]. The literature provides competing explanations as to why these additional dependencies often emerge in balanced scales. One explanation states that positively-worded items are dimensionally distinct from negatively- worded ones. For example, being unhappy
is different from not being happy
. Other explanations include careless responding [73
] and carry-over effects due to similarity in wording [72
]. Whether the two items should be regarded as covering a dimensionally distinct attribute or as being caused by idiosyncratic response tendencies or wording effects is difficult to tell from a single data analysis. Future research may explore a modified version of the EDS in which all the items are worded in the same direction, to see whether local dependence vanishes.
Another scale refinement that may be pursued in future research is to remove the locally-dependent items 1 and 2 and use an eight-item version of the EDS. However, given the results of our study, we believe that removing items 1 and 2 is not to be recommended. MSA, CFA, and parametric IRT analyses consistently showed that the two items are reliable indicators of the general attribute. In addition, bifactor analyses showed that the bias in estimated scale reliability was only 0.01. Thus, from a pure practical point of view, ignoring local dependence does not impair the valid use of EDS scores. Removing the items, however, would result in a loss of information and would compromise the reliability and increase the risks of incorrect diagnosis. The two-step estimation approach adopted in our study facilitates forecasting the consequences of removing items 1 and 2 from the EDS. For example, the two items accounted for 12% to 14% of the information around the cutoff. Removing these items reduces the test information around the cutoff by a factor 1.2. In addition, removing items 1 and 2 reduces Cronbach's alpha from 0.86 to 0.82 (results based on a simulated data set of 10,000 item-response vectors; details available from the second author). This may seem small, but it should be noted that decreasing reliability caused by test length has several adverse effects, including a reduction in the power to find group differences, additional bias in the estimated regression effects of the EDS, and higher risks of classification errors (e.g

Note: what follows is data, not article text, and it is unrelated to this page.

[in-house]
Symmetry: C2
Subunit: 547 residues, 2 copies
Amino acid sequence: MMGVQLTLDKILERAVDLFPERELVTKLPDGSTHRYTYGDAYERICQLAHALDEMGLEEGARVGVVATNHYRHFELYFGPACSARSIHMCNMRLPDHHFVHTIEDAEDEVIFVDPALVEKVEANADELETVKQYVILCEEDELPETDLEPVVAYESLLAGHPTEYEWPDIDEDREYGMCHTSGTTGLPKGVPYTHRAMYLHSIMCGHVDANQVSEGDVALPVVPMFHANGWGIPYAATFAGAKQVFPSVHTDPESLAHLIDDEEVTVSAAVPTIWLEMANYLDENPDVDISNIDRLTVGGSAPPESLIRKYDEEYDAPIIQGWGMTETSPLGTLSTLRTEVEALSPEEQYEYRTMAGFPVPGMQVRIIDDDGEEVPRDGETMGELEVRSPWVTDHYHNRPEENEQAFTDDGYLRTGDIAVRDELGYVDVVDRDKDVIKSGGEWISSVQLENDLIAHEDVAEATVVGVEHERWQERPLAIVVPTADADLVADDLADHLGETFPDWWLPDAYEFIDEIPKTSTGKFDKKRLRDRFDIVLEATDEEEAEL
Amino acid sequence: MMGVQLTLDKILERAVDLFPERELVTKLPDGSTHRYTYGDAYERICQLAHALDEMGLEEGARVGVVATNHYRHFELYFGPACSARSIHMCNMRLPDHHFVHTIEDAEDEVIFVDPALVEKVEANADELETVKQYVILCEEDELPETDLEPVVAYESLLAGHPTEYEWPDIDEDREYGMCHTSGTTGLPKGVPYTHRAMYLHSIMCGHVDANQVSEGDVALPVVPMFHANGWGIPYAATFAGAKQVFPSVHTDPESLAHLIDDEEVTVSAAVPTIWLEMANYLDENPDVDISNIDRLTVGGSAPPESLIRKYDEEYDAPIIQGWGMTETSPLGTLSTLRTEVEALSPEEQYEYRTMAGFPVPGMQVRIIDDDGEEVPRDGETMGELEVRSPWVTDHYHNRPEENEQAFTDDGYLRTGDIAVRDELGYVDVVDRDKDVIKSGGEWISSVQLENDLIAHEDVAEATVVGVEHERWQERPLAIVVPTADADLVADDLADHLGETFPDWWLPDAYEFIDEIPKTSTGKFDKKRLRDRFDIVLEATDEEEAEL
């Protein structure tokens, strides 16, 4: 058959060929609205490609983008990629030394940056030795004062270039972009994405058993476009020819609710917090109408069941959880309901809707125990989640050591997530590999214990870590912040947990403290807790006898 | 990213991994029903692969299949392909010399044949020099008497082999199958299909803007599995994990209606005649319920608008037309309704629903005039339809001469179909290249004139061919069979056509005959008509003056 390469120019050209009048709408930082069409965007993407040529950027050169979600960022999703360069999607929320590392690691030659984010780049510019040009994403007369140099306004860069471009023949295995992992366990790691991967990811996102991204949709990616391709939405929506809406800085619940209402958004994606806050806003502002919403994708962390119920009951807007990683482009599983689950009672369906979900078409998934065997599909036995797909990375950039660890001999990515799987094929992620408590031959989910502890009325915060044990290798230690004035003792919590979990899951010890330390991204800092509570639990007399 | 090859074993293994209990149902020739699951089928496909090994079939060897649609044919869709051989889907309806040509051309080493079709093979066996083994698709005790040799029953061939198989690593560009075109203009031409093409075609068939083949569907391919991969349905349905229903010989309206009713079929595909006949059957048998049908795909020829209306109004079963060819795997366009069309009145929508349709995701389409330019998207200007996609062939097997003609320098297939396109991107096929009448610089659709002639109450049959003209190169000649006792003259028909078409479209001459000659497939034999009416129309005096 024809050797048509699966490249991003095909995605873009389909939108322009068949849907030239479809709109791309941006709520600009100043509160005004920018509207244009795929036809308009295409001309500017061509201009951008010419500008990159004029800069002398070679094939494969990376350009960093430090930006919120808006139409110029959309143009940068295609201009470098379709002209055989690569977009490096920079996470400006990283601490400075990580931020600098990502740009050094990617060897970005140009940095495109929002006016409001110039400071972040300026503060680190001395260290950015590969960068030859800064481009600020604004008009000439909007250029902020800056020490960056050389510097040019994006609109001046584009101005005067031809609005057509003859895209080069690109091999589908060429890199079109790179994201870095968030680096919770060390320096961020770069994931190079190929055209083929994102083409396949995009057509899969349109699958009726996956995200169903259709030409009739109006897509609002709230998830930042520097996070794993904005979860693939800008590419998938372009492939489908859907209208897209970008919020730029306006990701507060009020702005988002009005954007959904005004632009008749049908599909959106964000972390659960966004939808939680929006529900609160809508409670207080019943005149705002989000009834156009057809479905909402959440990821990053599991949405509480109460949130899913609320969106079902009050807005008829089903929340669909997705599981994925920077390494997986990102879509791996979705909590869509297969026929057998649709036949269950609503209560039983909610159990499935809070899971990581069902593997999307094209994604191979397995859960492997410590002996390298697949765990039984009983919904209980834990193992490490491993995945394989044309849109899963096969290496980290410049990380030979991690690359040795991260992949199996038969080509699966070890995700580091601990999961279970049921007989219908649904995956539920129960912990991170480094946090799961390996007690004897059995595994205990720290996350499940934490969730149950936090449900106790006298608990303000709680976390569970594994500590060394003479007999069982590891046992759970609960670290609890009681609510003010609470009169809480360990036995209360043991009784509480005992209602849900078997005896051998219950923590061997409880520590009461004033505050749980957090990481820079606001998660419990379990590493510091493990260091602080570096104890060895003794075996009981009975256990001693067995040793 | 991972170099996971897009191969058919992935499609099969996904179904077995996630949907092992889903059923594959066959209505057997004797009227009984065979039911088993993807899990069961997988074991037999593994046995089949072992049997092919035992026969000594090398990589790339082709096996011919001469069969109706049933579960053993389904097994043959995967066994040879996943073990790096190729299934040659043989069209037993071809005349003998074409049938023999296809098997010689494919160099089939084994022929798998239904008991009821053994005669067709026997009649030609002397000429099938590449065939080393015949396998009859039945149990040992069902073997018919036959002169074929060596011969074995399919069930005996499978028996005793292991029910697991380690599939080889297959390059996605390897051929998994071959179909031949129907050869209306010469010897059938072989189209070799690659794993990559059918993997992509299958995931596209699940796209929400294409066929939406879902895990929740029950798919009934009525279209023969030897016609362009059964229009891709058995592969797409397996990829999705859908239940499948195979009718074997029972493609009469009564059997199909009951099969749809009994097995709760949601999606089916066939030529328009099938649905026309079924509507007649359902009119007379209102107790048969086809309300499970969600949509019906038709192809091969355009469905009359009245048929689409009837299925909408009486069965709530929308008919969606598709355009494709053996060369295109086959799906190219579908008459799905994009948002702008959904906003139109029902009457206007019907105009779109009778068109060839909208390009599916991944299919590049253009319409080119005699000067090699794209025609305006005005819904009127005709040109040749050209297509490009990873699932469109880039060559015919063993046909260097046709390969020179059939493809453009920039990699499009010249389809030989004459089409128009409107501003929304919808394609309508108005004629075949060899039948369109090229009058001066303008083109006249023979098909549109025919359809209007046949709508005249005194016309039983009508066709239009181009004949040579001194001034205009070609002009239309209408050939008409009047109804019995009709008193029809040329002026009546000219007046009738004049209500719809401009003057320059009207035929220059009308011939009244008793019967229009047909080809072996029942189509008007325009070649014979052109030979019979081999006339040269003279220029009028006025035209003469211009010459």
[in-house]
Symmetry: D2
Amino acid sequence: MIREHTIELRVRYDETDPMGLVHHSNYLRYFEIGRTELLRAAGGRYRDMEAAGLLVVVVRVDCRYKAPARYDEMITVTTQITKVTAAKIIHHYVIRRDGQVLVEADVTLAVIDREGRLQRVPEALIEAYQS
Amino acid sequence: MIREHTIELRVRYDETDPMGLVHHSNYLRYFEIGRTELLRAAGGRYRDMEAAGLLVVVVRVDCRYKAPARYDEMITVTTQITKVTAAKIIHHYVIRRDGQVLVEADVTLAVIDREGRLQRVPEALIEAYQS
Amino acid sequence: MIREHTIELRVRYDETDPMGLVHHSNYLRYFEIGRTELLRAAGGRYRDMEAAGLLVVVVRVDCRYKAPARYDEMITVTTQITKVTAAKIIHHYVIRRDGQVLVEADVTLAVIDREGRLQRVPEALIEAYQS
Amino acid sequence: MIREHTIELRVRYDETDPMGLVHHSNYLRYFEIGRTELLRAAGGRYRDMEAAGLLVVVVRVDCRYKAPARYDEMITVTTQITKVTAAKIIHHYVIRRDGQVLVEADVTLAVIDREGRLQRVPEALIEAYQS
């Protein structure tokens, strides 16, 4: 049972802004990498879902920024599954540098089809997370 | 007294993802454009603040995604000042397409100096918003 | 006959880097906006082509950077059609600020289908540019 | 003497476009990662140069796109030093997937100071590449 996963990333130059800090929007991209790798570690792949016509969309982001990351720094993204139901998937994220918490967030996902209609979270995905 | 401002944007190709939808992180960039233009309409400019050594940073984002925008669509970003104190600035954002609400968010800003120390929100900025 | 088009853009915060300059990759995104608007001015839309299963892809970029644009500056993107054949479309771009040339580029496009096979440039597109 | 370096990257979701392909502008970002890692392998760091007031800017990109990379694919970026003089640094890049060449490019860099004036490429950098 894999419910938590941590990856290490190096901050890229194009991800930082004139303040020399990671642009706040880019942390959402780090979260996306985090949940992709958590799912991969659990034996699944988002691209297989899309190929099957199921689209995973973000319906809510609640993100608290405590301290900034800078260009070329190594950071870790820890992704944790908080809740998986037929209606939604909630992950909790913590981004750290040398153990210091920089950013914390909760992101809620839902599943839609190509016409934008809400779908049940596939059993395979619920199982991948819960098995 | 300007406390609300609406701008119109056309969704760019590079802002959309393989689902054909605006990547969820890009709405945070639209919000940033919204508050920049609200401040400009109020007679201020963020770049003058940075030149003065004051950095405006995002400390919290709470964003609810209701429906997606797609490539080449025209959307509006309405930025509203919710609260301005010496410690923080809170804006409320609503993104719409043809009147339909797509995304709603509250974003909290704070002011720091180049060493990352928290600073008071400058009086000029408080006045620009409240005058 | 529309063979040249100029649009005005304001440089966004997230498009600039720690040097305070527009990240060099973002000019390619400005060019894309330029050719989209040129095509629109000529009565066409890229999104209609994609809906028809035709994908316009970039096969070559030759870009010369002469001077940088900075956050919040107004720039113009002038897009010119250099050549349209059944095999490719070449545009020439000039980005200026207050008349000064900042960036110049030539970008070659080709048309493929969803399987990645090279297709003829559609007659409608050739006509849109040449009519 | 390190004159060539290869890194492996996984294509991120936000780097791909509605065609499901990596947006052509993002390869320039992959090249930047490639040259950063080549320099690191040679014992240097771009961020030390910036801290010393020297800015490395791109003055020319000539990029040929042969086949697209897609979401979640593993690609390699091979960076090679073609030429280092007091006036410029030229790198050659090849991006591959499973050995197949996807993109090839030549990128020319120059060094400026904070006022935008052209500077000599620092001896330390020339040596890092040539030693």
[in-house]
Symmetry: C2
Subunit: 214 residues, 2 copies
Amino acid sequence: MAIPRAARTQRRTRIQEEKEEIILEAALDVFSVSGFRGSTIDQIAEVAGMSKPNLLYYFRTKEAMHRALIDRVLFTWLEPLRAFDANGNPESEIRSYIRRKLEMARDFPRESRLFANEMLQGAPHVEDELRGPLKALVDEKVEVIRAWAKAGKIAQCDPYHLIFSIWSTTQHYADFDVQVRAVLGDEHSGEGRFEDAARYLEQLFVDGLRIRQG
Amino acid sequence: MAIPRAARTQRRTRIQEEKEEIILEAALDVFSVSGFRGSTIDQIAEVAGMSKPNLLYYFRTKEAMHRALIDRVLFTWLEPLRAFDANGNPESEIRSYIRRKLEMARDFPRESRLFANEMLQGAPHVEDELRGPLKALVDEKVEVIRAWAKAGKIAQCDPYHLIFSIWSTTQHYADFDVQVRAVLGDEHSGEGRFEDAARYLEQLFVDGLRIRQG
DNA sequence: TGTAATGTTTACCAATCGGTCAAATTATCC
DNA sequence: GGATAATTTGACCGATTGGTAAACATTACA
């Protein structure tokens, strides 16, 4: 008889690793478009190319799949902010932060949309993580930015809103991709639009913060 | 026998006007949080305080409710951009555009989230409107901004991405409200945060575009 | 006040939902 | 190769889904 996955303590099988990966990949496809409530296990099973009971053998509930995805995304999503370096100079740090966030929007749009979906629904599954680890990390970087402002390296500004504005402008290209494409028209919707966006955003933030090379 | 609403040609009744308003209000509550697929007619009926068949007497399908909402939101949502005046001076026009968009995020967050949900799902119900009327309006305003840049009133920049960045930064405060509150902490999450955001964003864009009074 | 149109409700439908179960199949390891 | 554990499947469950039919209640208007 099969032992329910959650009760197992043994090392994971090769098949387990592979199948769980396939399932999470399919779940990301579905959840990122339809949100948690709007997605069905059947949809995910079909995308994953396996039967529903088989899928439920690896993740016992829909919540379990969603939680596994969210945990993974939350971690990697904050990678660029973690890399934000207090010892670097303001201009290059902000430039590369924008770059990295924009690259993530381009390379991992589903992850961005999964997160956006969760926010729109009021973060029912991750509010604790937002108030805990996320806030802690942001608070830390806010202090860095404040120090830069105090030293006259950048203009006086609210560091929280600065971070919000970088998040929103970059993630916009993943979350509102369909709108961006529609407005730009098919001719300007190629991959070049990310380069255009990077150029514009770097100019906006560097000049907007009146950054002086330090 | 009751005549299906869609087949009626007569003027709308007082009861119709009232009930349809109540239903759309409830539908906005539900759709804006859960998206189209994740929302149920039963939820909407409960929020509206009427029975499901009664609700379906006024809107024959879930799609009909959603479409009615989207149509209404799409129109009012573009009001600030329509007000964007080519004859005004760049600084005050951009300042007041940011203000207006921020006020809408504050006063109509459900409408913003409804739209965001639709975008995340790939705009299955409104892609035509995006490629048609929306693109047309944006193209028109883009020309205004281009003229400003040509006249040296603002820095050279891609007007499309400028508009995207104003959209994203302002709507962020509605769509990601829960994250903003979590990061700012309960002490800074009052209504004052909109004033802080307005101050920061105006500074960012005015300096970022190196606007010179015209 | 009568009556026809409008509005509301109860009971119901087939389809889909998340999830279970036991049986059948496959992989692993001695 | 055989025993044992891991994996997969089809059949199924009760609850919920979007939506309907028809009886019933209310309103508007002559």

]). Furthermore, removal of the items necessitates determining new cutoffs for diagnosing mild and severe levels of depression, and may unduly narrow the construct since one aspect (anhedonia) may no longer be well represented.